The studies presented in this book consider the many facets of Eugenius as pope, exploring his oversight of judicial practice; theological developments in his pontificate; his treatment of Cistercian monasteries and of constitutional developments in his order; his relationships with Crown and Church in France and Spain, and with Rome and the Romans; his work in building up the papal states, and his view of the crusades in both the Baltic and the Mediterranean. Together these essays offer a new view not only of an under-appreciated pope but also of the institution he headed and of its place in a rapidly changing European society.
Approximately half of the variation in wellbeing measures overlaps with variation in personality traits. Studies of non-human primate pedigrees and human twins suggest that this is due to common genetic influences. We tested whether personality polygenic scores for the NEO Five-Factor Inventory (NEO-FFI) domains and for item response theory (IRT) derived extraversion and neuroticism scores predict variance in wellbeing measures. Polygenic scores were based on published genome-wide association (GWA) results in over 17,000 individuals for the NEO-FFI and in over 63,000 for the IRT extraversion and neuroticism traits. The NEO-FFI polygenic scores were used to predict life satisfaction in 7 cohorts, positive affect in 12 cohorts, and general wellbeing in 1 cohort (maximal N = 46,508). Meta-analysis of these results showed no significant association between NEO-FFI personality polygenic scores and the wellbeing measures. IRT extraversion and neuroticism polygenic scores were used to predict life satisfaction and positive affect in almost 37,000 individuals from UK Biobank. Significant positive associations (effect sizes <0.05%) were observed between the extraversion polygenic score and wellbeing measures, and a negative association was observed between the polygenic neuroticism score and life satisfaction. Furthermore, using GWA data, genetic correlations of -0.49 and -0.55 were estimated between neuroticism with life satisfaction and positive affect, respectively. The moderate genetic correlation between neuroticism and wellbeing is in line with twin research showing that genetic influences on wellbeing are also shared with other independent personality domains.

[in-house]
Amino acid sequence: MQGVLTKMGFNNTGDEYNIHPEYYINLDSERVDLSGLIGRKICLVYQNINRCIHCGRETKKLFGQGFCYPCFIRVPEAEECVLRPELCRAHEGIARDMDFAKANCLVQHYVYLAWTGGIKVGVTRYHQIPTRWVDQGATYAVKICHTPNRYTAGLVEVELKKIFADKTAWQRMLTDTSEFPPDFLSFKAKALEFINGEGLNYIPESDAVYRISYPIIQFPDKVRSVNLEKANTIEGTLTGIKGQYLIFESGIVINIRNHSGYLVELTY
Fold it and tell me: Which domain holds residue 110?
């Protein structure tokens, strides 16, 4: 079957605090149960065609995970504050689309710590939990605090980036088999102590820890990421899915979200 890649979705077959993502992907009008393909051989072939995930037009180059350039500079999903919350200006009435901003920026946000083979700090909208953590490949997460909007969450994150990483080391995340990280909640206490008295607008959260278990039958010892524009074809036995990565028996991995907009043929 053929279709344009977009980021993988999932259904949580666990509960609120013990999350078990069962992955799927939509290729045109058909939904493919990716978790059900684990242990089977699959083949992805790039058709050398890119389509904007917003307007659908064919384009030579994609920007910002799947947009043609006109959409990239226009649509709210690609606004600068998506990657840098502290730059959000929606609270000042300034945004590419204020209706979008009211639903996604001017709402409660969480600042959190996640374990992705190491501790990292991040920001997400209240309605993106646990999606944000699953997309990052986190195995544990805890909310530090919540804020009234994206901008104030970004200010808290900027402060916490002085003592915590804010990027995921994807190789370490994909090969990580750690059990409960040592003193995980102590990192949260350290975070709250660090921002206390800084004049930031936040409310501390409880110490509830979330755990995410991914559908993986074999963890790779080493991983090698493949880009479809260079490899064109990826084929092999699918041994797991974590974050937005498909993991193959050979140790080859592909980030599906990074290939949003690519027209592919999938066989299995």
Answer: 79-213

Despite growing interest in men's perinatal mental health, we still know
little about whether becoming a new father is associated with increases
in psychological distress.
To use prospective longitudinal data to investigate whether becoming a
first-time expectant (partner pregnant) and/or new father (child <1
year) is associated with increases in depression and anxiety.
Men were aged 20–24 years at baseline (n = 1162). Levels
of depression and anxiety were measured at four time points over 12
years. Over this time, 88 men were expectant fathers, 108 men were new
fathers and 626 men remained non-fathers.
Longitudinal mixed models showed no significant increase in depression or
anxiety as a function of expectant or new fatherhood, as compared with
Our findings suggest that, generally, expectant and new fathers are not
at greater risk of depression or anxiety. Future epidemiological research
should continue to identify men who are most (and least) at risk to focus
resources and assistance most effectively.